Are you seeking funding for specific populations (ethnic, gender, geographic, economic, etc.)?
Trying to develop a spirit of philanthropy within a specific population?
This month’s Association of Fundraising Professionals luncheon for the San Diego Chapter focused on just this topic. “Diversity, Giving Circles and Foundation’s…Oh My!”, was held on Friday, January 11, 2013 at the Double Tree Hotel in Mission Valley. Levin Sy from Engage San Diego moderated two panelists: Noelle Ito, Director of Community Philanthropy for Asian Americans/Pacific Islanders in Philanthropy (AAPIP) and Sid Voorakkara, Ten Page Memo, LLC . These three experts shared their perspectives on diversity within fundraising and San Diego’s growing Asian American community. This luncheon topic was timely, coming on the heels of the publication of the New York Times article on January 8, 2013: Asian-Americans Gain Influence in Philanthropy.
Did you miss January’s AFP San Diego Chapter Luncheon? Not to worry. I’ve got the recap of the program right here for you.
Levin set the stage by sharing population statistics for Asian Americans/Pacific Islanders:
- 52% people of color in San Diego county
- 63% people of color in Mira Mesa
- 11% Asian American/Pacific Islander (AAPI) population in San Diego
- 14% Asian American/Pacific Islander (AAPI) population in California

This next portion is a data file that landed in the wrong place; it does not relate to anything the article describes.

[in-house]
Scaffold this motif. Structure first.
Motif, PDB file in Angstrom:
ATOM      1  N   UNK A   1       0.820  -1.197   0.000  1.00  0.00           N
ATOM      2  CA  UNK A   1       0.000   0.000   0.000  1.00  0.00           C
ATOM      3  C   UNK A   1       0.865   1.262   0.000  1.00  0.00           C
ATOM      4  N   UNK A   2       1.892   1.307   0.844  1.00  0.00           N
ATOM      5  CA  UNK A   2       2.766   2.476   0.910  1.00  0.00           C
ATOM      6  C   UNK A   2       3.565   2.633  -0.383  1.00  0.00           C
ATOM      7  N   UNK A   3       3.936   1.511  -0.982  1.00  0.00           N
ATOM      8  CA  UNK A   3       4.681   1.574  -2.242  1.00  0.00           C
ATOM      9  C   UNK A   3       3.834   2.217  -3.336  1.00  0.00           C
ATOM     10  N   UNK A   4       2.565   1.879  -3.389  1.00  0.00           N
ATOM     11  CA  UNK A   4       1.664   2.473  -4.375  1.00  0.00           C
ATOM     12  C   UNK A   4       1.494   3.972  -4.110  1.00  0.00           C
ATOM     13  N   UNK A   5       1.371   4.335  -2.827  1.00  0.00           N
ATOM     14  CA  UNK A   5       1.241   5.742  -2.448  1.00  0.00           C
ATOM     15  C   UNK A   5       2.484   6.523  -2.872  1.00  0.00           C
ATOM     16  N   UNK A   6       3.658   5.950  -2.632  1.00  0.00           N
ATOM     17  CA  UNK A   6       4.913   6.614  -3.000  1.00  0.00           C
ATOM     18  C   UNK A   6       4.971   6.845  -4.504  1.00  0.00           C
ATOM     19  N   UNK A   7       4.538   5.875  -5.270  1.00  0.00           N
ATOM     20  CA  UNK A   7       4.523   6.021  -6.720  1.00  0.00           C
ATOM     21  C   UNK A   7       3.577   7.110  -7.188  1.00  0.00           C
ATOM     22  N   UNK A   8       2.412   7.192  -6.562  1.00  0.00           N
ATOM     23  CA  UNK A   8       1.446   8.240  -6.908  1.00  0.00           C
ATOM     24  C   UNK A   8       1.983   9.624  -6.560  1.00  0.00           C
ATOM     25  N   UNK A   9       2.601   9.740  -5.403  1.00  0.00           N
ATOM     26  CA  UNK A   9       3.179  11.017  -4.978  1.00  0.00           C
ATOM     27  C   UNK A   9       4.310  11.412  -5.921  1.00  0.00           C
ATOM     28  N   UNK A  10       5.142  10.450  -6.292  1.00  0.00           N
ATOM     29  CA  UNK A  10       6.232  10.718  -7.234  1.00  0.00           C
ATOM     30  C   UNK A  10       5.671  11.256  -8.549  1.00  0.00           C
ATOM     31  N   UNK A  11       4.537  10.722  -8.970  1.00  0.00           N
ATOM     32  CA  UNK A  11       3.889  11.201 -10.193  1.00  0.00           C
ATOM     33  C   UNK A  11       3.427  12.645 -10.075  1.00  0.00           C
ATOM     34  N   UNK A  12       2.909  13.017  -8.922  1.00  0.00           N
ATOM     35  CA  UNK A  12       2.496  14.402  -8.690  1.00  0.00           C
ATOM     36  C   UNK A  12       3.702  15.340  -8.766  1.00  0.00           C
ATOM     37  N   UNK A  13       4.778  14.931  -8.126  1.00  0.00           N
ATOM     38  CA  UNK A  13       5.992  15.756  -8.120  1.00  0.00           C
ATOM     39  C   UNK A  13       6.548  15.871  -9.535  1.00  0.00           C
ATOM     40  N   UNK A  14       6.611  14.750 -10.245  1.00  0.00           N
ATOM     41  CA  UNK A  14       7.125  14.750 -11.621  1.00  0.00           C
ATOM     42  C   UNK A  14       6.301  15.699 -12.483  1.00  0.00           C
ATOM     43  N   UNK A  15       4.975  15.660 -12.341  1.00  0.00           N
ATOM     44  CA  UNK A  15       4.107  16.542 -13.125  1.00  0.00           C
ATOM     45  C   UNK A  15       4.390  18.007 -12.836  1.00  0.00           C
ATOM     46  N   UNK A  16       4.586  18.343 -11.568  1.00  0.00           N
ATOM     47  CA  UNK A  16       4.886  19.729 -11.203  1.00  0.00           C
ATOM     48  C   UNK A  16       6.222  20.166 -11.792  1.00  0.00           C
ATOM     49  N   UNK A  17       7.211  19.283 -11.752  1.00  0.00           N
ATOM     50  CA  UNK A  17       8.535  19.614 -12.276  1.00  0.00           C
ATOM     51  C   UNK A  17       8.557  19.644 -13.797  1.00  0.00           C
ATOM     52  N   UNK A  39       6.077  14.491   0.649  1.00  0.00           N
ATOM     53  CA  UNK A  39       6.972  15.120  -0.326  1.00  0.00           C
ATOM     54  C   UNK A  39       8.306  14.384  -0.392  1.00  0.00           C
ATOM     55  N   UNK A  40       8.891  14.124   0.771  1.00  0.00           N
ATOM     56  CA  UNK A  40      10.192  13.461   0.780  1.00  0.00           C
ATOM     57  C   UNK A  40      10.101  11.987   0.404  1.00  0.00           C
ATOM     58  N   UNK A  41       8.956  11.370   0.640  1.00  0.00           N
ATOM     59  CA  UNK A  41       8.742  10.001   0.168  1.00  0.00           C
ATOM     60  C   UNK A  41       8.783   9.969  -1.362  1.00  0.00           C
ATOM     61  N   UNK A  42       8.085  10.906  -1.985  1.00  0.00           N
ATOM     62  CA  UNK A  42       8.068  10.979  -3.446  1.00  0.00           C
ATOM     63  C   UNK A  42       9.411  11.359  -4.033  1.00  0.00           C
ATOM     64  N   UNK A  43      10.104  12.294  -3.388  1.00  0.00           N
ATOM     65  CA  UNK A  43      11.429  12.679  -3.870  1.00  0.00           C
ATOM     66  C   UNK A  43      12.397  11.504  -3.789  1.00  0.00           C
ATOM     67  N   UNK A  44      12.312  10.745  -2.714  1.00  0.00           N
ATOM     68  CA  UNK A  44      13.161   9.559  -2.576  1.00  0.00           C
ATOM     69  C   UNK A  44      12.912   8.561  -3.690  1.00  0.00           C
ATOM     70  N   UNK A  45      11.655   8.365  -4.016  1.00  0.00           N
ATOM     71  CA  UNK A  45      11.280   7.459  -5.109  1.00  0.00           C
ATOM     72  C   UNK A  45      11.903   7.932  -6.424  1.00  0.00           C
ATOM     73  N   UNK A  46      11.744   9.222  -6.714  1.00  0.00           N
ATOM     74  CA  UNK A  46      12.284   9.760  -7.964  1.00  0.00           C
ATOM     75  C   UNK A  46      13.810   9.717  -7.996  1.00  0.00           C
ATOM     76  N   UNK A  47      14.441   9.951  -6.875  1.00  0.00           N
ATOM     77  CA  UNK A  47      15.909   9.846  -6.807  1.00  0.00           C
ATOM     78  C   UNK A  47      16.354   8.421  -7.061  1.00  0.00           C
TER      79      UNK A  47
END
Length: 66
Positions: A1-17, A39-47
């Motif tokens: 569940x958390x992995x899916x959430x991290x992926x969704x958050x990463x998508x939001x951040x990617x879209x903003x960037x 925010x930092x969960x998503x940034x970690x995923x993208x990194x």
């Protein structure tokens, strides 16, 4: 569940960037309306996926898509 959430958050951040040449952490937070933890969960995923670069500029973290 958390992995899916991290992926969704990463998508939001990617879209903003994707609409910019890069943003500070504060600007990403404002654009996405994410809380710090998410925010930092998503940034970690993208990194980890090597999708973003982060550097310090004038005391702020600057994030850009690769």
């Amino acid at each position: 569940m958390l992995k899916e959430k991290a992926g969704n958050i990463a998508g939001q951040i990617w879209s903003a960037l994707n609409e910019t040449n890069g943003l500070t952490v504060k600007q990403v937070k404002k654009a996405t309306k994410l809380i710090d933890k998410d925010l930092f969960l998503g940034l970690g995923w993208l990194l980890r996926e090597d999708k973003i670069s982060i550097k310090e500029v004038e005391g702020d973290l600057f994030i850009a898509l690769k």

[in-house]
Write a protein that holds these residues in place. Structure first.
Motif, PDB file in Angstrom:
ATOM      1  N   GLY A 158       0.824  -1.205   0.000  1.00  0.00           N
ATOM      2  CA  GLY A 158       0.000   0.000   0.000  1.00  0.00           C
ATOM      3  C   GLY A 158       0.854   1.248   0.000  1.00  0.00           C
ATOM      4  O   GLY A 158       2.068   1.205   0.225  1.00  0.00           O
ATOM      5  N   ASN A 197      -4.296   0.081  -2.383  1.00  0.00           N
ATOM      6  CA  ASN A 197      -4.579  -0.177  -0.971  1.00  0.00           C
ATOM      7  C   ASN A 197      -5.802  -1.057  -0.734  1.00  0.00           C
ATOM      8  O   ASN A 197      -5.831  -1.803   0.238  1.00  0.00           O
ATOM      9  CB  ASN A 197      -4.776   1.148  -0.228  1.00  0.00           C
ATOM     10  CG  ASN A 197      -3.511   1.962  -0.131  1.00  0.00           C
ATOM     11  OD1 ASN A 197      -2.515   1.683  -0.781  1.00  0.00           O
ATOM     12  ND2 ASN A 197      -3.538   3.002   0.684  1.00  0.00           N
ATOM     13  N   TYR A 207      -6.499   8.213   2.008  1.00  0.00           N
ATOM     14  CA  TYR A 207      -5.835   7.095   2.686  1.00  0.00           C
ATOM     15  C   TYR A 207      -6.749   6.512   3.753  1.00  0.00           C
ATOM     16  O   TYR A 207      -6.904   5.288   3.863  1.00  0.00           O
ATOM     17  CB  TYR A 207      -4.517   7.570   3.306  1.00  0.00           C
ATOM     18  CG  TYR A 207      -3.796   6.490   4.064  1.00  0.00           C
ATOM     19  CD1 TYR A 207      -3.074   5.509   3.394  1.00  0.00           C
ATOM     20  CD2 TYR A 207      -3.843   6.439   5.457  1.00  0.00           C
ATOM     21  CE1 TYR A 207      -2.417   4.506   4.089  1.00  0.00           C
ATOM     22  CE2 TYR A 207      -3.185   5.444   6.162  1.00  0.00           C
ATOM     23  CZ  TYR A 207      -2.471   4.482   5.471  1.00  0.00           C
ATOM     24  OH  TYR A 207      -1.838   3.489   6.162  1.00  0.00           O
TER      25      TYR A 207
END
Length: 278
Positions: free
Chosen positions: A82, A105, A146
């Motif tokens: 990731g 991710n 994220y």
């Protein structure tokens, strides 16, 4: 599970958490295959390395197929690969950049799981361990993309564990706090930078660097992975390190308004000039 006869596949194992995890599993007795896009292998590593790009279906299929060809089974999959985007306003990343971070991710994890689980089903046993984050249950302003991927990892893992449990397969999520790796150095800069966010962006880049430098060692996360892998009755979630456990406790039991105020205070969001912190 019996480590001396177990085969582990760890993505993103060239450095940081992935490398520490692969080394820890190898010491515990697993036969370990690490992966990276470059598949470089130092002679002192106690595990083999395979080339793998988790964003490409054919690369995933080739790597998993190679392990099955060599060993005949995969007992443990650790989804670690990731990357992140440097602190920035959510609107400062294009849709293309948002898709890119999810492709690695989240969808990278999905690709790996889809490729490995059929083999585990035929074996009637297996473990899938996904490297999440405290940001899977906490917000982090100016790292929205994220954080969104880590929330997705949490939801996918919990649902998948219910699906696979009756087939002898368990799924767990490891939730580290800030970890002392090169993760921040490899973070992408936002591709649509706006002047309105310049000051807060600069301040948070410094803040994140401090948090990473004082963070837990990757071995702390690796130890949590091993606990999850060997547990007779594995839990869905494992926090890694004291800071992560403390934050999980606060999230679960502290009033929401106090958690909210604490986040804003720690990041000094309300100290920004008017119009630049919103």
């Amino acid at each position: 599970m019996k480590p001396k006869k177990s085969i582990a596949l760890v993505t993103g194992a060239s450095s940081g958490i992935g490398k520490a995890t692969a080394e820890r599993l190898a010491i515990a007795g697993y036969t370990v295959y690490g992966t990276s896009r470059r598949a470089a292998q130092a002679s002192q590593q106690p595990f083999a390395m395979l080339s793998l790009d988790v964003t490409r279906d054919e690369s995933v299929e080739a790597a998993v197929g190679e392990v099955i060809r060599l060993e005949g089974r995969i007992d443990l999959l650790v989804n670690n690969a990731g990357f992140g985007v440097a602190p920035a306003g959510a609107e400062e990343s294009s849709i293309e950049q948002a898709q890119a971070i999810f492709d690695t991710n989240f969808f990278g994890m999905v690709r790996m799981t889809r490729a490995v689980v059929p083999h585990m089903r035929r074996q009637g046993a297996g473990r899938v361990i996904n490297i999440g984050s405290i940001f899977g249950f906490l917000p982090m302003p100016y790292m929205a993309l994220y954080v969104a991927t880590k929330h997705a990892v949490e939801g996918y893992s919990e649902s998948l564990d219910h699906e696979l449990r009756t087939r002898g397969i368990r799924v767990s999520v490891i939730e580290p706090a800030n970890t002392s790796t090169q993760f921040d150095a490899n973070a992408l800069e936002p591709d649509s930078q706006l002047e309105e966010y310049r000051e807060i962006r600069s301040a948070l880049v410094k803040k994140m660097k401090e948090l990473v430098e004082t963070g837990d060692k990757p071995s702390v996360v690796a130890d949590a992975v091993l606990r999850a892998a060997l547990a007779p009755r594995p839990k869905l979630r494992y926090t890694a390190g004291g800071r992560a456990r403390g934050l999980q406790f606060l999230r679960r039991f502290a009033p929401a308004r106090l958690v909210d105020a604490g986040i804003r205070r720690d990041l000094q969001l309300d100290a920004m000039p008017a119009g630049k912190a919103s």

- $28 billion is donated in California by foundations, the AAPI population receives 0.8% of this amount
“As funders and gift officers, we have the opportunity to tell the story of how our communities are growing and diversifying.
There is an opportunity to talk about it. And that is a big step.”
Sid shared his experience of funding diverse populations when he worked as a program officer for The California Endowment and how cultural competency programs are built and funded. This was particularly interesting to a room full of fundraisers who are often struggling to find funding for diverse and/or specific ethnic populations in San Diego. The key to getting the funders attention? Collaboration. Sid impressed upon the audience the benefit of nonprofits working together towards the same goal. He highlighted the GreenLining Institute and their national advocacy work to empower communities of color.
As a national membership organization for Asian Americans and Pacific Islanders, Noelle and AAPIP raise awareness of the AAPI community and advocate for more funding to AAPI causes through cutting-edge campaigns, research reports and leveraging grassroots philanthropy.
“Our goal is to get to 1%.”
Noelle hopes one day to move the dial to see 1% of funds donated nationally to AAPI populations instead of the current .4%. One way she is working to increase this percentage is through AAPIP’s National Giving Circle Campaign that will increase AAPI giving circles across the nation. Noelle feels that the key to philanthropy within the AAPI population is education. Teaching individuals that they can make a big difference in their own community through pooling their money together via a giving circle. To-date, AAPIP has launched 23 giving circles including 1,200 giving circle members who have cumulatively given out $1.3 million.
We are grateful for the three speakers providing an invaluable insight into the Asian American Pacific Islander community, their philanthropy and attracting dollars towards diverse communities.
Interested in joining AFP? Check out the top 10 reasons to become a member here.
Oh, and if you are wondering why I suddenly am posting about AFP? I am honored to announce I was asked to serve on the AFP San Diego Chapter Board of Directors.